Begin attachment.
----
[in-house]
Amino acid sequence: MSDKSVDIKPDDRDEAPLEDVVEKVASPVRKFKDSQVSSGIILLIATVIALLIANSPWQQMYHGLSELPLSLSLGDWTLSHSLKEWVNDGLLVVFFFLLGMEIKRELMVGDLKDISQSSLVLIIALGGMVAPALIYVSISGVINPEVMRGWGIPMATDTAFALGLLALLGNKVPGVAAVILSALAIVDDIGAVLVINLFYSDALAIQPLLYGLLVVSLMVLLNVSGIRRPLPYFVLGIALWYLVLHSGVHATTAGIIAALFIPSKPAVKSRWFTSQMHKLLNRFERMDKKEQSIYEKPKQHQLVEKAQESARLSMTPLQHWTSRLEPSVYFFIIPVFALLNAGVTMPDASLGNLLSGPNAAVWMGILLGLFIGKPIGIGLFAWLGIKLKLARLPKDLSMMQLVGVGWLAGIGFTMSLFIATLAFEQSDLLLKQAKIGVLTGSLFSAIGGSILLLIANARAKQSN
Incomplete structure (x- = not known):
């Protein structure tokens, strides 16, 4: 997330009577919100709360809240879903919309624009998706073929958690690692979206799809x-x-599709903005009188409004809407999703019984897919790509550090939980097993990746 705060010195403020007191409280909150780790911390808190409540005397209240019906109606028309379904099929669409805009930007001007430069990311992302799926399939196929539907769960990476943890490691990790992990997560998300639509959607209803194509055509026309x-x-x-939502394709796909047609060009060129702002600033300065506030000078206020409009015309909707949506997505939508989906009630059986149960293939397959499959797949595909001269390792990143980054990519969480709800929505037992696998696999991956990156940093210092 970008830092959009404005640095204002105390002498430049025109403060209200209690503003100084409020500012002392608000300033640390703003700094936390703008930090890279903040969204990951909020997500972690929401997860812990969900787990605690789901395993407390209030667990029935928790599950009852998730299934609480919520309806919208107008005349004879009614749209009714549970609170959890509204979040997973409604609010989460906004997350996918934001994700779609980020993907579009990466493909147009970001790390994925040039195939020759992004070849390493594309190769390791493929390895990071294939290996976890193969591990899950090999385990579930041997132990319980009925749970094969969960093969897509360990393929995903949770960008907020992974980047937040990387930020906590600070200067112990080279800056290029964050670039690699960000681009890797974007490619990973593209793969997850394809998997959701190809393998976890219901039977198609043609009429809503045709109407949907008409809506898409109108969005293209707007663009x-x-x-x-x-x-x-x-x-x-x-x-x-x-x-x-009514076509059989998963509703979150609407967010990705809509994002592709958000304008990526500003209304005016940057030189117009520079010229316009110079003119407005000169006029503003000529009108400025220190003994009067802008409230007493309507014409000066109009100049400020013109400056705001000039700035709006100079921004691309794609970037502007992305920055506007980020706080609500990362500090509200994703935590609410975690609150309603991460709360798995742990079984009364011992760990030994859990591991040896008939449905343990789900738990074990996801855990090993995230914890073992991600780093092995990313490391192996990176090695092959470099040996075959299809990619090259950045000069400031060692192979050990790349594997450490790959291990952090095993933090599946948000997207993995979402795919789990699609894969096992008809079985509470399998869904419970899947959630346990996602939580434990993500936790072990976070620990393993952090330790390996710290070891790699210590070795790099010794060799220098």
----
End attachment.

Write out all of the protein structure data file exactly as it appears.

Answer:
[in-house]
Amino acid sequence: MSDKSVDIKPDDRDEAPLEDVVEKVASPVRKFKDSQVSSGIILLIATVIALLIANSPWQQMYHGLSELPLSLSLGDWTLSHSLKEWVNDGLLVVFFFLLGMEIKRELMVGDLKDISQSSLVLIIALGGMVAPALIYVSISGVINPEVMRGWGIPMATDTAFALGLLALLGNKVPGVAAVILSALAIVDDIGAVLVINLFYSDALAIQPLLYGLLVVSLMVLLNVSGIRRPLPYFVLGIALWYLVLHSGVHATTAGIIAALFIPSKPAVKSRWFTSQMHKLLNRFERMDKKEQSIYEKPKQHQLVEKAQESARLSMTPLQHWTSRLEPSVYFFIIPVFALLNAGVTMPDASLGNLLSGPNAAVWMGILLGLFIGKPIGIGLFAWLGIKLKLARLPKDLSMMQLVGVGWLAGIGFTMSLFIATLAFEQSDLLLKQAKIGVLTGSLFSAIGGSILLLIANARAKQSN
Incomplete structure (x- = not known):
């Protein structure tokens, strides 16, 4: 997330009577919100709360809240879903919309624009998706073929958690690692979206799809x-x-599709903005009188409004809407999703019984897919790509550090939980097993990746 705060010195403020007191409280909150780790911390808190409540005397209240019906109606028309379904099929669409805009930007001007430069990311992302799926399939196929539907769960990476943890490691990790992990997560998300639509959607209803194509055509026309x-x-x-939502394709796909047609060009060129702002600033300065506030000078206020409009015309909707949506997505939508989906009630059986149960293939397959499959797949595909001269390792990143980054990519969480709800929505037992696998696999991956990156940093210092 970008830092959009404005640095204002105390002498430049025109403060209200209690503003100084409020500012002392608000300033640390703003700094936390703008930090890279903040969204990951909020997500972690929401997860812990969900787990605690789901395993407390209030667990029935928790599950009852998730299934609480919520309806919208107008005349004879009614749209009714549970609170959890509204979040997973409604609010989460906004997350996918934001994700779609980020993907579009990466493909147009970001790390994925040039195939020759992004070849390493594309190769390791493929390895990071294939290996976890193969591990899950090999385990579930041997132990319980009925749970094969969960093969897509360990393929995903949770960008907020992974980047937040990387930020906590600070200067112990080279800056290029964050670039690699960000681009890797974007490619990973593209793969997850394809998997959701190809393998976890219901039977198609043609009429809503045709109407949907008409809506898409109108969005293209707007663009x-x-x-x-x-x-x-x-x-x-x-x-x-x-x-x-009514076509059989998963509703979150609407967010990705809509994002592709958000304008990526500003209304005016940057030189117009520079010229316009110079003119407005000169006029503003000529009108400025220190003994009067802008409230007493309507014409000066109009100049400020013109400056705001000039700035709006100079921004691309794609970037502007992305920055506007980020706080609500990362500090509200994703935590609410975690609150309603991460709360798995742990079984009364011992760990030994859990591991040896008939449905343990789900738990074990996801855990090993995230914890073992991600780093092995990313490391192996990176090695092959470099040996075959299809990619090259950045000069400031060692192979050990790349594997450490790959291990952090095993933090599946948000997207993995979402795919789990699609894969096992008809079985509470399998869904419970899947959630346990996602939580434990993500936790072990976070620990393993952090330790390996710290070891790699210590070795790099010794060799220098």